What is law
The question ‘What is law?’ has troubled people for many years. Scientists devote an entire field of study known as jurisprudence to answering this question. Many definitions of law exist, but for our purposes, we can define law as the set of rules and regulations by which a government regulates the conduct of people within a society. Even with this explanation, many questions arise. Where do laws come from? Do we need laws? Are all laws written? Can laws change? If so, how? What is the difference between laws and morals?
To understand the law, we must consider the relationship of law to morals. Traditional ideas of right and wrong influence our legal system. Thus, most people condemn murder, regardless of what the law says. However, everything that they consider immoral is not necessarily illegal. For example, lying to a friend may be immoral but not really illegal.
One thing is certain: every society that has ever existed has recognized the need for law. These laws may have been written, but even primitive people had rules to regulate the conduct of the group. For a very long time now, members of every community have made laws for themselves in self-protection. Without laws, there would be confusion, fear, and disorder. This does not mean that all laws are fair or even good, but imagine how people might take advantage of one another without some set of rules. We are far better off with the imperfect laws which we have, than if we had none at all.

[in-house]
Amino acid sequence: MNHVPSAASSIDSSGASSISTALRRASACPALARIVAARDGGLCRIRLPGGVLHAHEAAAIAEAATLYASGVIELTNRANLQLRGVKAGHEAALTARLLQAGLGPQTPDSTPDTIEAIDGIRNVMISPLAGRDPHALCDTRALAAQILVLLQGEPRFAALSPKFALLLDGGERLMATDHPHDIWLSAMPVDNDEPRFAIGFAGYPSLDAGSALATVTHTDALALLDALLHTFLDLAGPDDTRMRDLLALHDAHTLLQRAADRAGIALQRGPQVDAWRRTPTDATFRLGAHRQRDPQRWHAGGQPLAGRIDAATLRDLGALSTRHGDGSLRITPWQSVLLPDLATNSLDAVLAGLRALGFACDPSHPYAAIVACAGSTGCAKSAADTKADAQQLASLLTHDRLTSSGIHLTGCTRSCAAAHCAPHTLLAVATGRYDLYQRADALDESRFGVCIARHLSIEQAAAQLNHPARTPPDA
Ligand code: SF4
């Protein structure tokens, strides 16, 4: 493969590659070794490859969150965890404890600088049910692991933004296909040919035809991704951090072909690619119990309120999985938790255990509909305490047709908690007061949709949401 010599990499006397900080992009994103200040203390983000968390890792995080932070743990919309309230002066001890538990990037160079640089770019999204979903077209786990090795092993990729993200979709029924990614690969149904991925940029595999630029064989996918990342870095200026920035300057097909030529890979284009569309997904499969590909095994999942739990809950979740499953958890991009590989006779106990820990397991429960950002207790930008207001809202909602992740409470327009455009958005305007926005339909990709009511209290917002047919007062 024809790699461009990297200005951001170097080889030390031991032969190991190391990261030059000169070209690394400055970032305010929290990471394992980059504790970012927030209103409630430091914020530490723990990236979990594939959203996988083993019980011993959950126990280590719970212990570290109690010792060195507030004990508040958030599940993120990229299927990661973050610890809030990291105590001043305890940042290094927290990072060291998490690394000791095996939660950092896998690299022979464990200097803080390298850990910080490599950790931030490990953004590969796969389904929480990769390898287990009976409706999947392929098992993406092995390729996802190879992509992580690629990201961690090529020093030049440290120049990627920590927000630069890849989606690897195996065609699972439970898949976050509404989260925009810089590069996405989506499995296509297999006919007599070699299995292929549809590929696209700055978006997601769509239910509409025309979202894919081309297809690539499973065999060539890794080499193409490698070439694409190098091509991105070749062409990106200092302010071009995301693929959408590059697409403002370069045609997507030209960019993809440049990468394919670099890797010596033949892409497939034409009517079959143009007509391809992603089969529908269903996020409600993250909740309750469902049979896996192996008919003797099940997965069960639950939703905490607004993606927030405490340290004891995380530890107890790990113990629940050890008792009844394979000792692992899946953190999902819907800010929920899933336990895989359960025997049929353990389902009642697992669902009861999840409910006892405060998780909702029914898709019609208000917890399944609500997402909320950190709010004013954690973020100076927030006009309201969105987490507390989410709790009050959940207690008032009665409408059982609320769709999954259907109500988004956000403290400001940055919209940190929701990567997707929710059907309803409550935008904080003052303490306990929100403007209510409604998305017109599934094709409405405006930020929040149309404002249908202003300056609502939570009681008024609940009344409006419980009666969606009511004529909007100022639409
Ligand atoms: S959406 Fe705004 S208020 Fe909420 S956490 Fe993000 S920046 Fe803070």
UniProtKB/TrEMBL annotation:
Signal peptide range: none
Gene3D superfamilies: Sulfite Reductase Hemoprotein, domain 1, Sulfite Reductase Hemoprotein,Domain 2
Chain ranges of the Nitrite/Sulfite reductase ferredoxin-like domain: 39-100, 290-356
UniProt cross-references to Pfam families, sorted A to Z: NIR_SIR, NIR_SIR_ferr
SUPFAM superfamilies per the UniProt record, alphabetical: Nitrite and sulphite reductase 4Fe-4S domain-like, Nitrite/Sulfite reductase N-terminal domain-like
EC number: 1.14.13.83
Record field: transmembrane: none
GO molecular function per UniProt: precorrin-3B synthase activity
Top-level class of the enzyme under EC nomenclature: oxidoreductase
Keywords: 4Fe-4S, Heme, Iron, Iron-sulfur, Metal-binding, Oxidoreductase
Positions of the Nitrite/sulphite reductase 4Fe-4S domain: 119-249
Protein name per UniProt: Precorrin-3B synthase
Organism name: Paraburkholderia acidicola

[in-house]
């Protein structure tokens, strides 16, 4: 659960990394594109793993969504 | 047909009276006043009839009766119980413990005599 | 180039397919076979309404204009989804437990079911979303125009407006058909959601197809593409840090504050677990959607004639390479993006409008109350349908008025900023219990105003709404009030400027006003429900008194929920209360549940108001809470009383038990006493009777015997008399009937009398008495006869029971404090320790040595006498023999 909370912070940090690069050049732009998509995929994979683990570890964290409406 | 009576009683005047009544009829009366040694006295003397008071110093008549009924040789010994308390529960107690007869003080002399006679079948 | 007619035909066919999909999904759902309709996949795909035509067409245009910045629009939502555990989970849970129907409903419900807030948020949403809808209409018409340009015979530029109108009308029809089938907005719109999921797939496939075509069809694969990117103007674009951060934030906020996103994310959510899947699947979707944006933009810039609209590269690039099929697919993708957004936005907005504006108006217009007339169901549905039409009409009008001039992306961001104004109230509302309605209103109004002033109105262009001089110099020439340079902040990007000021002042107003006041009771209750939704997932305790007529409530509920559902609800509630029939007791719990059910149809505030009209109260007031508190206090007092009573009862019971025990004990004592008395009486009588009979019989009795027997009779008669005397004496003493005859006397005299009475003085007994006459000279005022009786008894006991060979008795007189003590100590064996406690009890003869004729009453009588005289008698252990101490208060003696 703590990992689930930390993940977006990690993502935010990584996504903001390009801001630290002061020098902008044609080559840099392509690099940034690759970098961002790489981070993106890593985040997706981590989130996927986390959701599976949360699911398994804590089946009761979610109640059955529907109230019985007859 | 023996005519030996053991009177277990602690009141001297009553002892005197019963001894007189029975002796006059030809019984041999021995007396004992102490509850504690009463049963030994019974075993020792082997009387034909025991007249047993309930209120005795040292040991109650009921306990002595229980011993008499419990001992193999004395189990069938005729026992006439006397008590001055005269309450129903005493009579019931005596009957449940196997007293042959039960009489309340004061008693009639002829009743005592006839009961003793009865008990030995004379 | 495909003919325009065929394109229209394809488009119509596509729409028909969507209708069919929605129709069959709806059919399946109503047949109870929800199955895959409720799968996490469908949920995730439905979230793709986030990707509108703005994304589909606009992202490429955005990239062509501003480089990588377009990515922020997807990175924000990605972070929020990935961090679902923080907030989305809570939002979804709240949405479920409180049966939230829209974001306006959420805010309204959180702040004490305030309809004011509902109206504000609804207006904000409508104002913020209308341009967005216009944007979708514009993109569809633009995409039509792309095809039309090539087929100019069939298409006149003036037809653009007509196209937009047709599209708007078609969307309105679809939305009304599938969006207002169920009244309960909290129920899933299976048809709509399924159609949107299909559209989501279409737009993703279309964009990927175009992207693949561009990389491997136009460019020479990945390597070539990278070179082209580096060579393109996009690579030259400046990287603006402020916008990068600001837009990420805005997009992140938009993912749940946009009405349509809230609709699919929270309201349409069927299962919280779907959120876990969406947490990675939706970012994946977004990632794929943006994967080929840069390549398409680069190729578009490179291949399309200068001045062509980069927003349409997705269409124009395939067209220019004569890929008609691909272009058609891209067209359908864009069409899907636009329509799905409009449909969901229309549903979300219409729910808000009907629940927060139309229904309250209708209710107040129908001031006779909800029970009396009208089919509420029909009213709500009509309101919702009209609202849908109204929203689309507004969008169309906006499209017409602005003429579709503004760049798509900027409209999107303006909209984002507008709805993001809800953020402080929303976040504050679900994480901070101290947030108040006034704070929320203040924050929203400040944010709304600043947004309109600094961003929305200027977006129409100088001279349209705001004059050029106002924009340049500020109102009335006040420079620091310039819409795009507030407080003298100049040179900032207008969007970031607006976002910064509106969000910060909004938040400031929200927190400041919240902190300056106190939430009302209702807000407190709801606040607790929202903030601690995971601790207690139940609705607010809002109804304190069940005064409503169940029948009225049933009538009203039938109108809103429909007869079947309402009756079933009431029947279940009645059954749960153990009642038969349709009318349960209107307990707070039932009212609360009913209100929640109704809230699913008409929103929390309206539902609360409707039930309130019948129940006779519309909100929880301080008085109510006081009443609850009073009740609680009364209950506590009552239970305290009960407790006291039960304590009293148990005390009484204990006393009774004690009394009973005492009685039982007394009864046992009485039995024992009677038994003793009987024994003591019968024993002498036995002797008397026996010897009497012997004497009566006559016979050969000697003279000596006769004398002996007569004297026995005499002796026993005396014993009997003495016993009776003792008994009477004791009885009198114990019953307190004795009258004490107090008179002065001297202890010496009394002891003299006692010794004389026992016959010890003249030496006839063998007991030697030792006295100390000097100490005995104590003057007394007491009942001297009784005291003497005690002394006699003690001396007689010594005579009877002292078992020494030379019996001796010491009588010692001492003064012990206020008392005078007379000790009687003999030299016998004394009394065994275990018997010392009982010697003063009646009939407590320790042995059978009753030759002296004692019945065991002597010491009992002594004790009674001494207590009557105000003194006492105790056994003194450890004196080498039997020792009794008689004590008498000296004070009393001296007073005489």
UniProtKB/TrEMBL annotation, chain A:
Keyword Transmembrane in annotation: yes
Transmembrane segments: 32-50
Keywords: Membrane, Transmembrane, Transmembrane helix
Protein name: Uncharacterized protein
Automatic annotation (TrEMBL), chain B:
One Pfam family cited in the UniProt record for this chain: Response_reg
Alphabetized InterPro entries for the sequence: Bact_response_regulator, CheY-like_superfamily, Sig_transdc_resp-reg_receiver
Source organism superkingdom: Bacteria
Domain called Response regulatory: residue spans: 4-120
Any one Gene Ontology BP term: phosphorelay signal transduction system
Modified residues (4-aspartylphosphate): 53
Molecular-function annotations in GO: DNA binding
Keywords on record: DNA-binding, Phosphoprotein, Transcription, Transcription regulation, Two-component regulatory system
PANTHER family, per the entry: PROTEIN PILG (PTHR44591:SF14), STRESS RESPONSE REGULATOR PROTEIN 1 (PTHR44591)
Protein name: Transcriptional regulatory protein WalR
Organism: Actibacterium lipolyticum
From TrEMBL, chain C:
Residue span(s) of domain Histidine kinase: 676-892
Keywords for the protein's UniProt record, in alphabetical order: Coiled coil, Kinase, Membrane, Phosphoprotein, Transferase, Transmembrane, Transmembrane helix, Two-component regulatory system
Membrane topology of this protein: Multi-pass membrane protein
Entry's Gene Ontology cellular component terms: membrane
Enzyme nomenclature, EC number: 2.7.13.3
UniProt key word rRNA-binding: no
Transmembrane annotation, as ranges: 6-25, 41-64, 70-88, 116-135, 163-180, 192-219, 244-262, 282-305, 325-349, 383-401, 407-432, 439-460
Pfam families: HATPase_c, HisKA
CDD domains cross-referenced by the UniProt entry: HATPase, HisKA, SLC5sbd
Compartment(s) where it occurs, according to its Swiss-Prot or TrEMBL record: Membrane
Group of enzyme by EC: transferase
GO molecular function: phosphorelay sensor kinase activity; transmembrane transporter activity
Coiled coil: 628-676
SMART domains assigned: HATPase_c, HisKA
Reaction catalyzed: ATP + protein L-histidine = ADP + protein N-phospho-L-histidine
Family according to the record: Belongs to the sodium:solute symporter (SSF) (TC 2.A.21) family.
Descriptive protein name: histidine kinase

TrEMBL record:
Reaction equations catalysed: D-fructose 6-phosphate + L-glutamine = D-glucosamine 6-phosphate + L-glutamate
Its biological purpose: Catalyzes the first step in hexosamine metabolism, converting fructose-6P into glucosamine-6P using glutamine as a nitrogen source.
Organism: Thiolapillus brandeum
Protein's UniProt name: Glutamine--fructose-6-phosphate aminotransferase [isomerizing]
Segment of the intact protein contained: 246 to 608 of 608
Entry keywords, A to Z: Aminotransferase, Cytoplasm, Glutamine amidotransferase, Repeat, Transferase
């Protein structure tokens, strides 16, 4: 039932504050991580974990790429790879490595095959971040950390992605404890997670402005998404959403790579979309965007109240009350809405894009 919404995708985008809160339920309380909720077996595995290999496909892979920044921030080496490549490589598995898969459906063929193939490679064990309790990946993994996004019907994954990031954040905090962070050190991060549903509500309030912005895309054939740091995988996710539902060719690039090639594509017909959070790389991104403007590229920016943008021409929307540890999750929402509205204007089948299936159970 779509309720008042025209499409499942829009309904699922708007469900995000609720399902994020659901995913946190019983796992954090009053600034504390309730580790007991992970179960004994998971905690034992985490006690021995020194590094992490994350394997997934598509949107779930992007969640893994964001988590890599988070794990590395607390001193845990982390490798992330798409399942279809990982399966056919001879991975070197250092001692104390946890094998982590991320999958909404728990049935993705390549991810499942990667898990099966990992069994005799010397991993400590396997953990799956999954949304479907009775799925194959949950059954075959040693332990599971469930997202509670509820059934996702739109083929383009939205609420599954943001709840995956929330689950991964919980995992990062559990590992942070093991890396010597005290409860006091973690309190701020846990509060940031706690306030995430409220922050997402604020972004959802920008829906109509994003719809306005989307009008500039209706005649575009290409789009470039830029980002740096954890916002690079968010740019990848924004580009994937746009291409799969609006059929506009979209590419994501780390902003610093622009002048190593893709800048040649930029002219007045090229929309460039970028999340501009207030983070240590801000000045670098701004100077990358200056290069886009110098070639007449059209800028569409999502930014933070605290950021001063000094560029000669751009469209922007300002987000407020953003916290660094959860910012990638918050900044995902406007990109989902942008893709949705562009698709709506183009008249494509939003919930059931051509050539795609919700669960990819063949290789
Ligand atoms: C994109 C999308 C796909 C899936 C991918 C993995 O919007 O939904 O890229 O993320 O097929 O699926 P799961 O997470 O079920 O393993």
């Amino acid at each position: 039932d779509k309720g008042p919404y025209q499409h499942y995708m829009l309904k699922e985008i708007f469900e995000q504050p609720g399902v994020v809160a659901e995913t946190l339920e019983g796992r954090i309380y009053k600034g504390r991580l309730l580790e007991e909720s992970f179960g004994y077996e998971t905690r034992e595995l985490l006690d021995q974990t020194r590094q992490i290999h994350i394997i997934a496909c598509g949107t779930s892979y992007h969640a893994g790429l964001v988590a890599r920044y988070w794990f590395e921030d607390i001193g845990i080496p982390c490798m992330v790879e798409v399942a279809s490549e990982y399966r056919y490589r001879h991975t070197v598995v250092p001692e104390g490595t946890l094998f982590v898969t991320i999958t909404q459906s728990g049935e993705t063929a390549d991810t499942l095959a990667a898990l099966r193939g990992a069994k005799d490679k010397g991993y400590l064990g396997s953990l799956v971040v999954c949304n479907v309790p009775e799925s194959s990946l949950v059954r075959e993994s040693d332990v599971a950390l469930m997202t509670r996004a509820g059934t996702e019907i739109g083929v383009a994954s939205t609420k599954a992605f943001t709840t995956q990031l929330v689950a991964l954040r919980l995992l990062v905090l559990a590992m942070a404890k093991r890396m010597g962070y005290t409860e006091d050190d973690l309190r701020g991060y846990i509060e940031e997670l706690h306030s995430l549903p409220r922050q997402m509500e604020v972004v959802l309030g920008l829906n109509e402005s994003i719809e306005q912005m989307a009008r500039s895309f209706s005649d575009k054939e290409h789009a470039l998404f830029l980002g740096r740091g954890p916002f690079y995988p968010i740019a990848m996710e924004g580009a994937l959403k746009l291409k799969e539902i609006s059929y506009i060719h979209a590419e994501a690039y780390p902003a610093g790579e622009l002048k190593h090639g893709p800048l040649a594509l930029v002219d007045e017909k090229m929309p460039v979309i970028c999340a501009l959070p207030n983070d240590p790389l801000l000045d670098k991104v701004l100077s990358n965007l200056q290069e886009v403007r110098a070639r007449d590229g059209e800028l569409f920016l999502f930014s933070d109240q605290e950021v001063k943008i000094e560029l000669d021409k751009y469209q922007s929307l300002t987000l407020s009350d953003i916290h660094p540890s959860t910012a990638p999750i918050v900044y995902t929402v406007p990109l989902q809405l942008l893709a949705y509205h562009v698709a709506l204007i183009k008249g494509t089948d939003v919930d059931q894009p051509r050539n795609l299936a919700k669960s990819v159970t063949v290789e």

Law serves a variety of functions. It helps to maintain a peaceful, orderly, relatively stable society, to contribute to social stability by resolving disputes in civilized fashion, to facilitate business activities and private planning, to provide some degree of freedom that would not otherwise be possible, to inhibit social discrimination and improve the quality of individual life in matters of health, education and welfare. The law is an enabler, something that permits us to enjoy rights within the framework of an ordered society. In many ways law is the cornerstone of our culture. The rule of law provides society with the rules by which all of us live. Citizens can know the law and live their lives accordingly.
Laws fall into two major groups: criminal and civil. Criminal laws regulate public conduct and set our duties owed to society. A criminal case is a legal action by the government against a person charged with committing a crime. Criminal laws have penalties requiring that offenders should be imprisoned, fined, placed under supervision, or punished in some other way.
Civil laws regulate relations between individuals or group of individuals. A person can bring a civil action (lawsuit) when this person feels wronged or injured by another person. Civil laws regulate many everyday situations such as marriage, divorce, contracts, real estate, insurance, consumer protection and negligence.
Date: 2015-01-29; view: 1987